My approach up until now has been pretty simple. Have a problem? Let me know inside 30 days, and I’ll move heaven and earth to make everything as it should be. No fuss, no problem, I’ll make it all A-OK and okey dokey for the buyer. That’s only right. But at some point, the buyer has to bear some responsibility for letting us know if something is amiss, and letting us know in a timely manner. I’ve always thought 30 days was enough time for getting that done.
There are going to be a lot of new moving parts for the new normal, too. I suspect the day of putting an item online, selling it, shipping it and banking the money is, for the most part, over. Adios, good old days. We’d better have folks manning the phones and inboxes who have patience and a kind voice. Buyers now need a lot more hand-holding than they did a year ago. It was hard enough describing a guitar’s tone (a highly subjective subject) to an experienced online buyer. It’s way harder answering some of the questions we are seeing now from the newer online buyers. “Does the guitar have vibe?” has been my favorite question so far.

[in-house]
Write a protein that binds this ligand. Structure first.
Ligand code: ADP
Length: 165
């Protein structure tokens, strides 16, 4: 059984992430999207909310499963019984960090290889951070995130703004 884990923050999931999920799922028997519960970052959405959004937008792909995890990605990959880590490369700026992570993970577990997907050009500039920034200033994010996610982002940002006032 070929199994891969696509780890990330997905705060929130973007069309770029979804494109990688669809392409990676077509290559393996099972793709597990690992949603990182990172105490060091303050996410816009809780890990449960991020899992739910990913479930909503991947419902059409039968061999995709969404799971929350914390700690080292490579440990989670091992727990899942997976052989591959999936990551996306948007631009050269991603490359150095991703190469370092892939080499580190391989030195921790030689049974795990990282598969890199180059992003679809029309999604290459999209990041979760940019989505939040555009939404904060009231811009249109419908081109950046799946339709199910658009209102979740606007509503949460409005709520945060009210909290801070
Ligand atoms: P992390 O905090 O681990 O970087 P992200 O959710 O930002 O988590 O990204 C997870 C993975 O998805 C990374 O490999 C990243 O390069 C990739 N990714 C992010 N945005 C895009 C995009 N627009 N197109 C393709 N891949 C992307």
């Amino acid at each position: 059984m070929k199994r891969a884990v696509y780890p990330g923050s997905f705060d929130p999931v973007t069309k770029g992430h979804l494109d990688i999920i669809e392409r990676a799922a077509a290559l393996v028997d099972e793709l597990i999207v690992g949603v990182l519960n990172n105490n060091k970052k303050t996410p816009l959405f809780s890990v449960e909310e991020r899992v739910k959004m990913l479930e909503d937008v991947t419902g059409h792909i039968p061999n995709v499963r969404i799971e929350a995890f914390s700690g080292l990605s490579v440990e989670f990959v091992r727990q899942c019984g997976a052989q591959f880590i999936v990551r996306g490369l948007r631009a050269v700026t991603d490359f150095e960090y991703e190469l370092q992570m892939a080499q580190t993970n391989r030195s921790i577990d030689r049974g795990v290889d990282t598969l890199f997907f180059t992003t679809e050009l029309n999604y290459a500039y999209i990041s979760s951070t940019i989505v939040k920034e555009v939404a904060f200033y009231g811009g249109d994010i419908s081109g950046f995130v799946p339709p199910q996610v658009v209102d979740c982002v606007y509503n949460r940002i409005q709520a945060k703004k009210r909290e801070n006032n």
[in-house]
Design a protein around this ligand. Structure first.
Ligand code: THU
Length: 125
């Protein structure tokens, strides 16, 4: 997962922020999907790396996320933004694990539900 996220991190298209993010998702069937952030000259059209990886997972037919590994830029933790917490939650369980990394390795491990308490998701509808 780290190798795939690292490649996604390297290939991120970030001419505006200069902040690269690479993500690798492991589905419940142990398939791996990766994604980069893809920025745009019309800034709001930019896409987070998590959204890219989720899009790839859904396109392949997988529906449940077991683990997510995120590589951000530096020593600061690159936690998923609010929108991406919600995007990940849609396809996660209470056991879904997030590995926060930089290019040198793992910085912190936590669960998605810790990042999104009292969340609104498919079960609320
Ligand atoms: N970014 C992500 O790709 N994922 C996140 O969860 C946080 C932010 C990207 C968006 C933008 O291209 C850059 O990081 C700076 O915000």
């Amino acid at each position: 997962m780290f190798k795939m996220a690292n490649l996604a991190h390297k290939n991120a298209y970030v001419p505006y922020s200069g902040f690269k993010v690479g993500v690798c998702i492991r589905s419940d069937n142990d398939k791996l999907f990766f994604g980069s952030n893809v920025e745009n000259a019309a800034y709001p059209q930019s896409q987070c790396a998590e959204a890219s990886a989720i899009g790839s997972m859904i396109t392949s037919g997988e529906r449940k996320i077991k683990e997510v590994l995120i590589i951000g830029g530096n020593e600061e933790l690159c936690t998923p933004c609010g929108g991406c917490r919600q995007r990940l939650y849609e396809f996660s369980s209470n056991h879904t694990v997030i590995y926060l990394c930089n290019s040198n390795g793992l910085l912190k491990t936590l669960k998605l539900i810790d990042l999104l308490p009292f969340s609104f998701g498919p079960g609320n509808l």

Most certainly, part of the new norm will be this: Every store will need an online sales component in order to remain viable. Selling online is today’s equivalent of having a business phone, and while some stores may get by for a while without online sales, I can’t see that being possible very far into the future. If you own a store, and you think you can maintain your past level of sales without an online sales avenue, consider this: